On 29th March the UK Government invoked Article 50 of the Lisbon Treaty to begin the process of leaving the EU, a two-year period of negotiation is now underway. Throughout this period, the UK will maintain all aspects of its current EU Membership.
We have compiled a list of questions and responses to address concerns that many students and staff may have. If you have any further or particular concerns and would like to talk to someone, we have set up a dedicated helpline and email address for you to contact:
0151 231 3153/54
We will circulate immediate updates as they appear through our social media channels with the hashtag; #LJMUEU
Will the University/UK remain as part of the Erasmus scheme?
Will the tuition fees I have been quoted change now or in the future?
Will I be able to access a tuition fee loan?
I have committed to the University's study abroad scheme, will I still be able to travel and study in the EU?
Will I need a visa to come and study in the UK?
EU-domiciled students and staff do not require a visa to continue studying or working at LJMU for the foreseeable future. We anticipate no change for at least two years while exit negotiations are underway.
Will I be able to work in the UK whilst being a student?
Throughout the two year period of negotiation, the UK will maintain all aspects of its current EU Membership. Any changes to working rights in the UK will be decided by the UK Government as part of these negotiations.
Will my family be able to come with me?
Throughout the two year period of negotiation, the UK will maintain all aspects of its current EU Membership. Any changes to residency rights in the UK will be decided by the UK Government as part of these negotiations.
Will I be able to access the National Health Service?
Throughout the two year period of negotiation, the UK will maintain all aspects of its current EU Membership. Any changes to access rights in the UK, including health services, will be decided by the UK Government as part of these negotiations.
I am concerned about my safety and feel anxious, is there anyone I can talk to?
Student Advice and Wellbeing services are available to support you with any concerns you may have over the coming weeks and months. Staff are available to assist with practical issues as well as emotional issues and concerns. Please drop in to the Aquinas building, Maryland Street, if you wish to speak with a member of staff or alternatively ring 0151 231 3153/54 or email email@example.com.
If you have experienced any issues related to hate crime and wish to either receive support or report such an incident, this can be done via the Hate Crime service located within LiverpoolSU.
Alternatively, you can contact Stop Hate UK on 0800 138 1625.
I am graduating/have an internship and the position has become unclear, can I access career support?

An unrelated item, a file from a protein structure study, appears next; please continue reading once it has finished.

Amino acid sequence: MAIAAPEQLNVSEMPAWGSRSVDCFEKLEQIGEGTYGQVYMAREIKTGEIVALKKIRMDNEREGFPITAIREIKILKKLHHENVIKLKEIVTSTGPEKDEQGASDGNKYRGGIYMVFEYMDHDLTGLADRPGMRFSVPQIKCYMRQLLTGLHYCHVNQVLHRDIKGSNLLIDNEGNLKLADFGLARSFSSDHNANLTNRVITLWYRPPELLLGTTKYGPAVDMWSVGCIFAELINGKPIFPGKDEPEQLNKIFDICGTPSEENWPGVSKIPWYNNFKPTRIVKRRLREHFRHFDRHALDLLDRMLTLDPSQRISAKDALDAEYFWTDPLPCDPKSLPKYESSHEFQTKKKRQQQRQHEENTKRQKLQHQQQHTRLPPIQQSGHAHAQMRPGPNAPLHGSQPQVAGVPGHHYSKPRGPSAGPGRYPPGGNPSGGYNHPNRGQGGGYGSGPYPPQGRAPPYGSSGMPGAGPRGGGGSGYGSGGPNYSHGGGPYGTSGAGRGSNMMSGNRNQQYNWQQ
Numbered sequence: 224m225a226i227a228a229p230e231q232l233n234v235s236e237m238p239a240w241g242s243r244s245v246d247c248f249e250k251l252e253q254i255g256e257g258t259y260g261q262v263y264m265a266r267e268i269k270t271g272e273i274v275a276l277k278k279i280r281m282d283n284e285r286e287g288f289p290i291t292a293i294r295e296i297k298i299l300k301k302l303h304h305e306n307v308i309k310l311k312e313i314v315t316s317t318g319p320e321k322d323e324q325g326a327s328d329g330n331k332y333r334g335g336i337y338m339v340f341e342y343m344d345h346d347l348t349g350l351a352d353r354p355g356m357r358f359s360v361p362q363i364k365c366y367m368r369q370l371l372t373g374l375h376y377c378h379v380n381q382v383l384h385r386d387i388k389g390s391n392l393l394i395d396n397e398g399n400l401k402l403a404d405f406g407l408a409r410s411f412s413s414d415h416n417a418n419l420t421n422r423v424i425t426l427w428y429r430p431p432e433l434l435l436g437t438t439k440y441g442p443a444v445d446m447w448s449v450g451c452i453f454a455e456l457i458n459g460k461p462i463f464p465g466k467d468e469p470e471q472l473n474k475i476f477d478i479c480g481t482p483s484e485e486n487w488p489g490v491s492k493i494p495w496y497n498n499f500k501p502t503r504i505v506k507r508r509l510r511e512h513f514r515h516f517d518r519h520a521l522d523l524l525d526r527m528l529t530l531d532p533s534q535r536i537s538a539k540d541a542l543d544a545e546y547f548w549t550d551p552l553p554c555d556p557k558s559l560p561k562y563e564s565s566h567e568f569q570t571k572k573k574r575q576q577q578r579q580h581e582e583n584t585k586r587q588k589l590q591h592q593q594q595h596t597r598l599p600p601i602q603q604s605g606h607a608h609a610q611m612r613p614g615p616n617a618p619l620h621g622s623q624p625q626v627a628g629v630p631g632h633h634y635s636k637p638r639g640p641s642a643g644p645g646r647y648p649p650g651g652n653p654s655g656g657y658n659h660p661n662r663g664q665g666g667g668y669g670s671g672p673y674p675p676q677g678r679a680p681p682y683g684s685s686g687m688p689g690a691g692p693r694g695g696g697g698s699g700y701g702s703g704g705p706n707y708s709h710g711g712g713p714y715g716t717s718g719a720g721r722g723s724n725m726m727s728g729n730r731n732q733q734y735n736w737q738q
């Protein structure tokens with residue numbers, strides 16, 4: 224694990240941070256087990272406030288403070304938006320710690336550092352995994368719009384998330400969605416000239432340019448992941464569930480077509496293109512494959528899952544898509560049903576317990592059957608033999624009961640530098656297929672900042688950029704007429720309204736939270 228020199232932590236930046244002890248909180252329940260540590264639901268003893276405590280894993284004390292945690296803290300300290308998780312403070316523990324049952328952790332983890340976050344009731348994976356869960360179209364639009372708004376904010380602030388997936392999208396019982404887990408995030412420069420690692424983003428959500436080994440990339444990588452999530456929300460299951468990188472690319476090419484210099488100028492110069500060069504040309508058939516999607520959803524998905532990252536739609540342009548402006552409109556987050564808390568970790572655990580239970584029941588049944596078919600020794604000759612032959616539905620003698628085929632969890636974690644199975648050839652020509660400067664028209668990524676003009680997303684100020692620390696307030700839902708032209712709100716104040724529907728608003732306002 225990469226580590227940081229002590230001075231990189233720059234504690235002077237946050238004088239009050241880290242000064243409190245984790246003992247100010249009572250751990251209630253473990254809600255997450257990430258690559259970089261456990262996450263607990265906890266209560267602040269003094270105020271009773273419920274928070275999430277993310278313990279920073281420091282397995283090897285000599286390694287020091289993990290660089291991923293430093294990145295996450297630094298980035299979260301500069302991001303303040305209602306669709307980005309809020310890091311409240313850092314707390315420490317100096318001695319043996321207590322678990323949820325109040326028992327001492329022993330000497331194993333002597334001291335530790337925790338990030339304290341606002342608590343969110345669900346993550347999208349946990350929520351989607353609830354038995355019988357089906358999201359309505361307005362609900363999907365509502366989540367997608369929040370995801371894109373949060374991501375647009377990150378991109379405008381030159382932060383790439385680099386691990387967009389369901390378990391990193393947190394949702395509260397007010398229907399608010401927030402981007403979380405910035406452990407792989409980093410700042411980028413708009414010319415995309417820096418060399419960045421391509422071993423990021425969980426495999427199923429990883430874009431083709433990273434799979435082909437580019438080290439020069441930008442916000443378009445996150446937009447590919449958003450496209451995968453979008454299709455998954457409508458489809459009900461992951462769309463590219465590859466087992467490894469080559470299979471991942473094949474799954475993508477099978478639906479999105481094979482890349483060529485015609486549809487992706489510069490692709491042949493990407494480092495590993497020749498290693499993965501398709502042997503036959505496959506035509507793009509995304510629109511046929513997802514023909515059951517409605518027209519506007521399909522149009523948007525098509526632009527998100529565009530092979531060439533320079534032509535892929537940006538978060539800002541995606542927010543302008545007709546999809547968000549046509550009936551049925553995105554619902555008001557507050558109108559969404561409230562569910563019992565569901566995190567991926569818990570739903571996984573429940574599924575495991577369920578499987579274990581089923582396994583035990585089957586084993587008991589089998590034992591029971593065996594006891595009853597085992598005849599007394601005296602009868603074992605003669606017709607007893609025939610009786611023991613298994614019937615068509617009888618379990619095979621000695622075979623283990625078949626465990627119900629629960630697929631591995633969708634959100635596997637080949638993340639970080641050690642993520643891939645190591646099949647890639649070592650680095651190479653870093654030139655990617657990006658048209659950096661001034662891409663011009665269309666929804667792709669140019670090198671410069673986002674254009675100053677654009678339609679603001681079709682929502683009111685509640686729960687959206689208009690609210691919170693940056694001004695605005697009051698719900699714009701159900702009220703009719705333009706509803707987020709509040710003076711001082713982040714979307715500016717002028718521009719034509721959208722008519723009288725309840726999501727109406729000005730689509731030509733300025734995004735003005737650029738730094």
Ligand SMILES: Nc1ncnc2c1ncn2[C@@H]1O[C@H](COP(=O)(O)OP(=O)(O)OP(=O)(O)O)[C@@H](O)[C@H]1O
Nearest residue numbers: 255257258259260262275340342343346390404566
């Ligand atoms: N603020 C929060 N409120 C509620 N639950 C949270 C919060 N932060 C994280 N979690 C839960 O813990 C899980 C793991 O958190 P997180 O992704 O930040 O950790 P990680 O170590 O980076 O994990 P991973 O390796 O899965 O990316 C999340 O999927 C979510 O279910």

The Careers Centre Team will provide you the career support you need as you make the move into your first role after university and then throughout your career.
As a non-UK EU national, will I be able to continue my employment in the UK?
Yes, your employment status will remain the same for as long as the UK remains part of the EU. Your immigration status has not changed as a result of the vote. This will remain the case until the Government decides otherwise.
How long will I continue to be able to access EU research funding?
Staff currently undertaking EU funded projects should note that the UK’s status as a full participating member of the Horizon 2020 programme has not changed as a result of the referendum vote and that existing project grants and contracts will be honoured unless or until advised otherwise.
Universities UK (UUK) is liaising with the UK Research Office and the European Commission and institutions are advised that detailed advice on prospective and currently negotiated projects will be circulated as soon as is possible.
Will I need a visa to travel to the EU? Will I need a new passport?
No. While the UK remains part of the EU you will still be able to travel freely in the EU. It is possible that the UK will accept the continuation of free movement in order to retain preferential access to the single market, in which case you will continue to be able to travel freely in the EU.
There are many countries outside the EEA that British citizens can visit for up to 90 days without needing a visa and it is possible that such arrangements could be negotiated with European countries.
Will there be big changes to employment law/worker's rights?
A significant body of employment law in the UK derives from the EU, and over the past decades this has affected workers’ rights across the economy. While a leave vote could in theory allow the Government to amend employment law if it could gain Parliamentary approval, the reality is that the legal framework under which EU-derived employment law is transposed into UK law is complex and will not be straightforward to dismantle even if there is the political will to do so.
Will my pension be affected by the Referendum decision?
It will not be possible to make any changes to pensions legislation that stems from EU law until the UK has actually left the EU after the withdrawal negotiations have concluded.